D.C. COUNCIL member Jack Evans (D-Ward 2) has done a lot of good for Washington during his 28 years on the D.C. Council. He helped to put the District on sound financial footing and played a major role in the revival of downtown, the return of major league baseball and the protection of Metro. But Mr. Evans’s accomplishments cannot be used to excuse conduct that raises troubling questions.
Mr. Evans, the longest-serving council member in D.C. history, is at the center of growing scrutiny and controversy. A federal grand jury, The Post’s Steve Thompson reported last week, issued a subpoena in September for documents related to Mr. Evans and a digital sign company that would have benefited from legislation he had promoted in 2016. Then, further reporting by Mr. Thompson revealed how Mr. Evans sent out job solicitation offers, using government email and staff, to private law firms, marketing his experience and connections as an elected official and chairman of Metro.
In the first instance, federal authorities will determine whether there were violations of the law in Mr. Evans’s interactions with the sign company, which included the offer of a summer job to his son. Mark Tuohey, lawyer for Mr. Evans, has said there was no criminal wrongdoing, pointing out that the legislation was never introduced and that offers from the company, including the summer job offer, were turned down.
Whether Mr. Evans acted inappropriately when he emailed business proposals to prospective employers is a separate but equally important question. Council members are permitted under D.C. law to hold outside jobs, and Mr. Tuohey said Mr. Evans consulted with the general counsel on matters related to his private work.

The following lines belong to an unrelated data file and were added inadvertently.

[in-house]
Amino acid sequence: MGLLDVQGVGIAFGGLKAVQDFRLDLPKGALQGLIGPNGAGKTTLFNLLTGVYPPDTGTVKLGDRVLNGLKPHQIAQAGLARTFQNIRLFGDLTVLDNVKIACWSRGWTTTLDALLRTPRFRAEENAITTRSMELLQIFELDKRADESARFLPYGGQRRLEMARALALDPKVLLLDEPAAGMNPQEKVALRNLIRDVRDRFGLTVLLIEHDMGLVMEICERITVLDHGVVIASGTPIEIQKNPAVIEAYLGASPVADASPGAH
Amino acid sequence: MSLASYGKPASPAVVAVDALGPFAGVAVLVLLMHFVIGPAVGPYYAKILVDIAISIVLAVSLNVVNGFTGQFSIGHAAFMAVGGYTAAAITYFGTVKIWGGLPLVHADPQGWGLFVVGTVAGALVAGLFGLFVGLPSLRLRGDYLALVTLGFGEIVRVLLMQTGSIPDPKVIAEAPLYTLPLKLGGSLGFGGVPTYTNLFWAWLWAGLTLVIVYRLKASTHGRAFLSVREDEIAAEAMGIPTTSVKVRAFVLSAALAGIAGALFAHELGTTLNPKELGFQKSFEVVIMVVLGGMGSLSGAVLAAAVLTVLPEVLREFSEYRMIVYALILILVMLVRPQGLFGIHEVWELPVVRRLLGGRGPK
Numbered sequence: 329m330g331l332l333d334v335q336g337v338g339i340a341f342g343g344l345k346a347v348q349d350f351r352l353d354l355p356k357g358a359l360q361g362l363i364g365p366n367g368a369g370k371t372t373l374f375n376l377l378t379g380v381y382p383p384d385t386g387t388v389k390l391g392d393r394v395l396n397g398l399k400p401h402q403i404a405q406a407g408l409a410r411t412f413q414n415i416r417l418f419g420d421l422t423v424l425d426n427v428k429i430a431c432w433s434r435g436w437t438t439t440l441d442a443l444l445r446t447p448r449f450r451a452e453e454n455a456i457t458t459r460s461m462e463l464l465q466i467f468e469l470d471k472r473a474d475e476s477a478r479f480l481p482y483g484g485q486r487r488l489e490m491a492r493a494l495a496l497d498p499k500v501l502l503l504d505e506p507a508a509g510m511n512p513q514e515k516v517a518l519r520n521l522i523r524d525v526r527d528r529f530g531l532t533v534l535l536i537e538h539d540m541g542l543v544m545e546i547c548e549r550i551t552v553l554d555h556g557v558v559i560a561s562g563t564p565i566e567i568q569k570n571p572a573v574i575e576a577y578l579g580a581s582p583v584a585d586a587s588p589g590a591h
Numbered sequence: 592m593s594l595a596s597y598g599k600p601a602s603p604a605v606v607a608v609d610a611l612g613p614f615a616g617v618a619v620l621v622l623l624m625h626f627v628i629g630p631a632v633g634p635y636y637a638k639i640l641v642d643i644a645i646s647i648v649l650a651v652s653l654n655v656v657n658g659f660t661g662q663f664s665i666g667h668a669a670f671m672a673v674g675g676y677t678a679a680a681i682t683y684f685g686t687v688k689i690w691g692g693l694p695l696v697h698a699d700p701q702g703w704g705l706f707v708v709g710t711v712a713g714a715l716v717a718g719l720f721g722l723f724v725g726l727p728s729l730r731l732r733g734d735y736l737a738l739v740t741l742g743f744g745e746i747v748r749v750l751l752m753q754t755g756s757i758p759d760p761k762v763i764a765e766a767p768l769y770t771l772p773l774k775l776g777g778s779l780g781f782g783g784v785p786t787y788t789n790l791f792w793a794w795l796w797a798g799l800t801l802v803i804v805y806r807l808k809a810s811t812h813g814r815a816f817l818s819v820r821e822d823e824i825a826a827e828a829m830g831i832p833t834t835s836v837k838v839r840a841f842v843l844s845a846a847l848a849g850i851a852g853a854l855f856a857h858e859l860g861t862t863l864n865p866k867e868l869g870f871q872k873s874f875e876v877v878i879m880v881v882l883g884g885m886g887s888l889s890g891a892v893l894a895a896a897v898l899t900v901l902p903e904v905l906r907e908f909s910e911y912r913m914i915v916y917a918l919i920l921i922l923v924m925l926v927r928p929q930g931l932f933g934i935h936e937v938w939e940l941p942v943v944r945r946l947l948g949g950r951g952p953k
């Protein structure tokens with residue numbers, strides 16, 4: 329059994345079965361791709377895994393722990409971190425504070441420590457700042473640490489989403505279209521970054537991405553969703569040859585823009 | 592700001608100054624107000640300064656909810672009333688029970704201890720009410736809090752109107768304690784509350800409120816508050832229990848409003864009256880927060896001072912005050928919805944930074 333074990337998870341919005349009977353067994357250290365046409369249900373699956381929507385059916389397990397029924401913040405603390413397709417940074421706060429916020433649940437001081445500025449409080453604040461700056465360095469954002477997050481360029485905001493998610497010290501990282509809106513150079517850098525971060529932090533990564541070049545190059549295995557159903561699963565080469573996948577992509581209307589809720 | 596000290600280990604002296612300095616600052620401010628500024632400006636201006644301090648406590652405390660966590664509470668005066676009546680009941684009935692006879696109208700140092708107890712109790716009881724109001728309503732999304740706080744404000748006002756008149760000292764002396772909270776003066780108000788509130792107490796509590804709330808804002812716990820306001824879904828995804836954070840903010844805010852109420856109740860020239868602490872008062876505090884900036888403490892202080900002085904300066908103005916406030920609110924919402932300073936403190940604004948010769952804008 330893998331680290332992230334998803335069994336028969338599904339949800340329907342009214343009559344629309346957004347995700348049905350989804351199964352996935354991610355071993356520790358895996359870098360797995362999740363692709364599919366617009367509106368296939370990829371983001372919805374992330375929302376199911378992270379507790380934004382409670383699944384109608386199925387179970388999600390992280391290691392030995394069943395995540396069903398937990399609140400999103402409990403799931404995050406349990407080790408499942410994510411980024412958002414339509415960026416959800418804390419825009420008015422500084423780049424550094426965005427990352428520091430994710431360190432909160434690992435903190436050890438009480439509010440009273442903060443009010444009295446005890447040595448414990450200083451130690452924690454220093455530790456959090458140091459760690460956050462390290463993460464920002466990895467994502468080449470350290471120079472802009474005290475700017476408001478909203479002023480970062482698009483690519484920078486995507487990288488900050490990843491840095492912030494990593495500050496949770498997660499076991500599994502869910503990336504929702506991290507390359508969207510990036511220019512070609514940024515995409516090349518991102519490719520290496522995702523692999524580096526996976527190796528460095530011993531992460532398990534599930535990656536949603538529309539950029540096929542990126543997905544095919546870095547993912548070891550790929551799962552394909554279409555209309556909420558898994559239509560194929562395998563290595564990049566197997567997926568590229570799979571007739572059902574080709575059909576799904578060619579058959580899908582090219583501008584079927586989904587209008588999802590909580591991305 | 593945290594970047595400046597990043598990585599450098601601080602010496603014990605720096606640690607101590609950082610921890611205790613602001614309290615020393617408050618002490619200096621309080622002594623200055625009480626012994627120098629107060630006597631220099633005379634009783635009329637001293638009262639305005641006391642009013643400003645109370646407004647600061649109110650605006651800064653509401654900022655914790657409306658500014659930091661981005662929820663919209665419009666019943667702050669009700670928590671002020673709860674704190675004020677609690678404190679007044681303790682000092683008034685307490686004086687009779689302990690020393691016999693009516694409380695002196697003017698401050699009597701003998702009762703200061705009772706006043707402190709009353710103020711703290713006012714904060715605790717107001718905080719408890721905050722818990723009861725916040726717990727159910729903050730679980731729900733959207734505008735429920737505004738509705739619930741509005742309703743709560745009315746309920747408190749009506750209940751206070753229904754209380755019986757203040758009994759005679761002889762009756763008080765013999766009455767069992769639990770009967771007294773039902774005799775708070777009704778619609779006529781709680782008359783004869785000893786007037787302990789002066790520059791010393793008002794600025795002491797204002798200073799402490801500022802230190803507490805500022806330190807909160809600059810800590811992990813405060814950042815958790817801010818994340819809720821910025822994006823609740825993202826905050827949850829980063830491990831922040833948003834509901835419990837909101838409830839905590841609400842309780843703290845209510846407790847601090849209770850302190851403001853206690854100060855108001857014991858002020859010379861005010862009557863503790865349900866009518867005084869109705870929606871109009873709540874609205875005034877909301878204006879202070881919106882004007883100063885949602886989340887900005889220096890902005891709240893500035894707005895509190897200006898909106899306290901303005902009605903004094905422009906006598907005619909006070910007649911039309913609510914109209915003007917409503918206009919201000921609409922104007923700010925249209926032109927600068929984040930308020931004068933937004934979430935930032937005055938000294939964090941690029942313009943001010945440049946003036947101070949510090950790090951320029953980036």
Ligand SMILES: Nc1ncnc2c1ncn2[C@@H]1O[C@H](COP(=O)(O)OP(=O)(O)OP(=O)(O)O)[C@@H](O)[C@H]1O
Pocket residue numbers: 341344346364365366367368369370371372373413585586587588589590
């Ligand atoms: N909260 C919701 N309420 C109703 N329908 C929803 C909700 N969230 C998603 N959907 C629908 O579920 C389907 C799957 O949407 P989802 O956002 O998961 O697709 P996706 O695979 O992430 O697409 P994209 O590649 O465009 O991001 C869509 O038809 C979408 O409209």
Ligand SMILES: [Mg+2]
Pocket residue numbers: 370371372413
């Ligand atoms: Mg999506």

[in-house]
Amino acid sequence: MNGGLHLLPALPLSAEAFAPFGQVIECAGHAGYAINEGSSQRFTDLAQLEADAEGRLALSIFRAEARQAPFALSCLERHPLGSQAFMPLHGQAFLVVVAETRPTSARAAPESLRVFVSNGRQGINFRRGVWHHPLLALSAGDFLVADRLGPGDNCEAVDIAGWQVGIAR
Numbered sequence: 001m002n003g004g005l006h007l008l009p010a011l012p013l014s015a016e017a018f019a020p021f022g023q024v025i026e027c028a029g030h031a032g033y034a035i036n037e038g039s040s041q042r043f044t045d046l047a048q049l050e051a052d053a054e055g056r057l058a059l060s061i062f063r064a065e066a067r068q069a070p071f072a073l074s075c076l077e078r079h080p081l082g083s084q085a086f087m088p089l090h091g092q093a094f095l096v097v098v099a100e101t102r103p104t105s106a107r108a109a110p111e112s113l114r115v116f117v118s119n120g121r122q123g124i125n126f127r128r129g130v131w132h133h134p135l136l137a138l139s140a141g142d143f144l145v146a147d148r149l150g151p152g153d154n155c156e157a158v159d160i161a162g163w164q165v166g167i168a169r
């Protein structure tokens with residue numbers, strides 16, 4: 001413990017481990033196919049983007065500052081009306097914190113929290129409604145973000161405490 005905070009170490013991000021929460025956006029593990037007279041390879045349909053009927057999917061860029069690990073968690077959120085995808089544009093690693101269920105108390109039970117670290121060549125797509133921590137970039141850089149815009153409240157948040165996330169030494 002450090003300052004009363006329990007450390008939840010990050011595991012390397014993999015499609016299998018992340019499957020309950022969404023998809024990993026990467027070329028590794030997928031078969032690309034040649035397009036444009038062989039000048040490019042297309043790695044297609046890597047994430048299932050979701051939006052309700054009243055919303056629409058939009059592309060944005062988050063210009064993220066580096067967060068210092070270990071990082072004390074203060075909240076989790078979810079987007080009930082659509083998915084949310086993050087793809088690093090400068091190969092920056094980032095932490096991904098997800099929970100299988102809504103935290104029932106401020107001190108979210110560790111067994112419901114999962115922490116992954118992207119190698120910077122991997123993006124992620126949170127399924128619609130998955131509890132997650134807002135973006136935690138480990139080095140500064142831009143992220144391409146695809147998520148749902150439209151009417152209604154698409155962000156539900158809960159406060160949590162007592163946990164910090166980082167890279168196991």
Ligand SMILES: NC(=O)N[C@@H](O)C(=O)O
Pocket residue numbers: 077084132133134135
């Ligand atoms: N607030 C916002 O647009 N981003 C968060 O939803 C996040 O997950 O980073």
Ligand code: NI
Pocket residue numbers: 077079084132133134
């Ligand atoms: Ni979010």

But the District code of ethical conduct prohibits the use of government resources for private activities. It also states that public officials “may not knowingly use the prestige of office or public position for that employee’s private gain.” In 2018 emails obtained by The Post under a Freedom of Information Act request, Mr. Evans touted his council and Metro positions and pointedly noted that D.C. government “is the flattest political organization in the country” with just 15 elected officials. One of those happens to be Mr. Evans.
Metro, for which Mr. Evans serves as chair, said Monday it would have its ethics officer investigate the situation. The D.C. Council should take similar action and convene a special committee to answer the questions that surround Mr. Evans.